Tuesday, April 21, 2009


Well, the Semana Santa silent processional with crucified Jesus no sooner cleared town than we had an alebrije and a black pottery festival in the appropriate villages. Having gotten a chunk of freelance work, I finally bought some bigger pieces of artesania, like a hand-painted alebrije-style chair for Genevieve and an intricate necklace of black pottery beads wrapped in silver wire.

Next up was the festival of the Tercera Raiz, a festival of the culture of black Oaxacans. There was live dance and music in the public plazas, including a band with percussion played on the giant jawbone of a horse or a cow.

After the spring break crush of tourists cleared out, I thought the hype might die down a bit, but then I got word of the CuentaCuentos festival, a series of storytelling events around the centro. I took Max to the stately library building with its massive courtyard and creeping vine giant plants and we heard stories by Peruvian and Brazilian storytellers. I was excited because of my sister Jenny's illustrious career as a folklorist, performance artist, storyteller and front porch gossiper, but I also worried that Max might feel too old for the scene which was full of little ones.

I needn't have worried. The performers unrolled these beautiful story quilts and, lo and behold, they were three-dimensional, with pockets and puffy parts hiding and holding props, figures and all sorts of surprises. Max was entranced and we stayed until the end. I imagined Jenny sitting with us, taking mental notes, because she would want to discuss every little thing later on the living room couch. Which is where I sit now, having the conversation with my blog, hoping that at least one little detail of the evening I experienced would resonate with her.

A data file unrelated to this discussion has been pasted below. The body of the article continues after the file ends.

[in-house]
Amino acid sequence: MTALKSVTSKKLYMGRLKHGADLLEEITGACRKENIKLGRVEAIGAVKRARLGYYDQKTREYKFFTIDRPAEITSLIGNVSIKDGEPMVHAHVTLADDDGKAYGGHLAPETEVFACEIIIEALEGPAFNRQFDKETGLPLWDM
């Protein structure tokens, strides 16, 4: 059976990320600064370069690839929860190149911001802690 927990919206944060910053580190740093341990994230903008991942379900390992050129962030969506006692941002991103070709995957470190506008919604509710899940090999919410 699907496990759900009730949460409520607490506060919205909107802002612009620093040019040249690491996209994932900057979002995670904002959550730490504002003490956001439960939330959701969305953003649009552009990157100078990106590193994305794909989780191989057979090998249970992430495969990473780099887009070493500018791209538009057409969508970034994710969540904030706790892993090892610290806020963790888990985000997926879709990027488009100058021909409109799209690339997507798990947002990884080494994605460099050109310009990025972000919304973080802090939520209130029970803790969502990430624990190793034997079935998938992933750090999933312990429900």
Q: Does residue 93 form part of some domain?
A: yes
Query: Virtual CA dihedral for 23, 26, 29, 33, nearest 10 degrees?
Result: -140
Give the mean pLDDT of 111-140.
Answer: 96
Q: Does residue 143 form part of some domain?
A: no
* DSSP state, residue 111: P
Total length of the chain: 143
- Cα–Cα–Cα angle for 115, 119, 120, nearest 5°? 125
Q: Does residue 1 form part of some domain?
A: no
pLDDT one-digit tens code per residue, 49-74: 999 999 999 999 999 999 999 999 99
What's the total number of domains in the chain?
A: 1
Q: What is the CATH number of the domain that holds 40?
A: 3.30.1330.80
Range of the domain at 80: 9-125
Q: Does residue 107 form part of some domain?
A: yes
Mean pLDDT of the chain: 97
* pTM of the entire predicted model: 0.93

Coming soon are the Humanitas Festival, celebrating the cultures of the Mixteca, Puebla and...Spain?...and the Guelaguetza Infantil children's folk dance festival, in which Genevieve and her classmates from Colegio Teizcali are supposed to participate but Geni may choose instead to burst into tears or stand like a deer in the headlights.

And, if you're in town, do not forget Steve's annual mole enchilada party this Sunday at 3pm, a great new Oaxacan tradition.

1 comment:

j.d.h. said...

ooh, oooh. i am so coming to the mole party (in spirit!).